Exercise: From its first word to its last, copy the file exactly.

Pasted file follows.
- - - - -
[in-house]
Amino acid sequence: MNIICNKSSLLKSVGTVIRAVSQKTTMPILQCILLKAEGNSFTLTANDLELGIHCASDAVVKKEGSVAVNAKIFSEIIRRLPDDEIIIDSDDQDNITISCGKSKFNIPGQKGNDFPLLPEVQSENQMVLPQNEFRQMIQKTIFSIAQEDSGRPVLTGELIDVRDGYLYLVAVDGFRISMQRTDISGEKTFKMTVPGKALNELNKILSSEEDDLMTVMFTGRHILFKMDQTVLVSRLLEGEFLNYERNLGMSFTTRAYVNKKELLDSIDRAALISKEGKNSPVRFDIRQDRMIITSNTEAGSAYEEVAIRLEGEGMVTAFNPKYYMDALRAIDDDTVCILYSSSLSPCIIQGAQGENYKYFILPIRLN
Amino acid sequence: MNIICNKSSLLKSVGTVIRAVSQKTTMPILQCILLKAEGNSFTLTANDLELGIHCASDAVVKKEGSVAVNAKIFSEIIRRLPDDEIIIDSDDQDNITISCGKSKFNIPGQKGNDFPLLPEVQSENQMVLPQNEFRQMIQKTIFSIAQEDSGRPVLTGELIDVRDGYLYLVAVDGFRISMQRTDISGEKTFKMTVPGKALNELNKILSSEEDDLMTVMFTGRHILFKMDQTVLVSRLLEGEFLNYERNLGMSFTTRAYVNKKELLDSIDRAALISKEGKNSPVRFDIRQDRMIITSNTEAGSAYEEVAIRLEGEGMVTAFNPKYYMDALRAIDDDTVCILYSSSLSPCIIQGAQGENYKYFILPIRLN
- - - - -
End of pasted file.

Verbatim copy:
[in-house]
Amino acid sequence: MNIICNKSSLLKSVGTVIRAVSQKTTMPILQCILLKAEGNSFTLTANDLELGIHCASDAVVKKEGSVAVNAKIFSEIIRRLPDDEIIIDSDDQDNITISCGKSKFNIPGQKGNDFPLLPEVQSENQMVLPQNEFRQMIQKTIFSIAQEDSGRPVLTGELIDVRDGYLYLVAVDGFRISMQRTDISGEKTFKMTVPGKALNELNKILSSEEDDLMTVMFTGRHILFKMDQTVLVSRLLEGEFLNYERNLGMSFTTRAYVNKKELLDSIDRAALISKEGKNSPVRFDIRQDRMIITSNTEAGSAYEEVAIRLEGEGMVTAFNPKYYMDALRAIDDDTVCILYSSSLSPCIIQGAQGENYKYFILPIRLN
Amino acid sequence: MNIICNKSSLLKSVGTVIRAVSQKTTMPILQCILLKAEGNSFTLTANDLELGIHCASDAVVKKEGSVAVNAKIFSEIIRRLPDDEIIIDSDDQDNITISCGKSKFNIPGQKGNDFPLLPEVQSENQMVLPQNEFRQMIQKTIFSIAQEDSGRPVLTGELIDVRDGYLYLVAVDGFRISMQRTDISGEKTFKMTVPGKALNELNKILSSEEDDLMTVMFTGRHILFKMDQTVLVSRLLEGEFLNYERNLGMSFTTRAYVNKKELLDSIDRAALISKEGKNSPVRFDIRQDRMIITSNTEAGSAYEEVAIRLEGEGMVTAFNPKYYMDALRAIDDDTVCILYSSSLSPCIIQGAQGENYKYFILPIRLN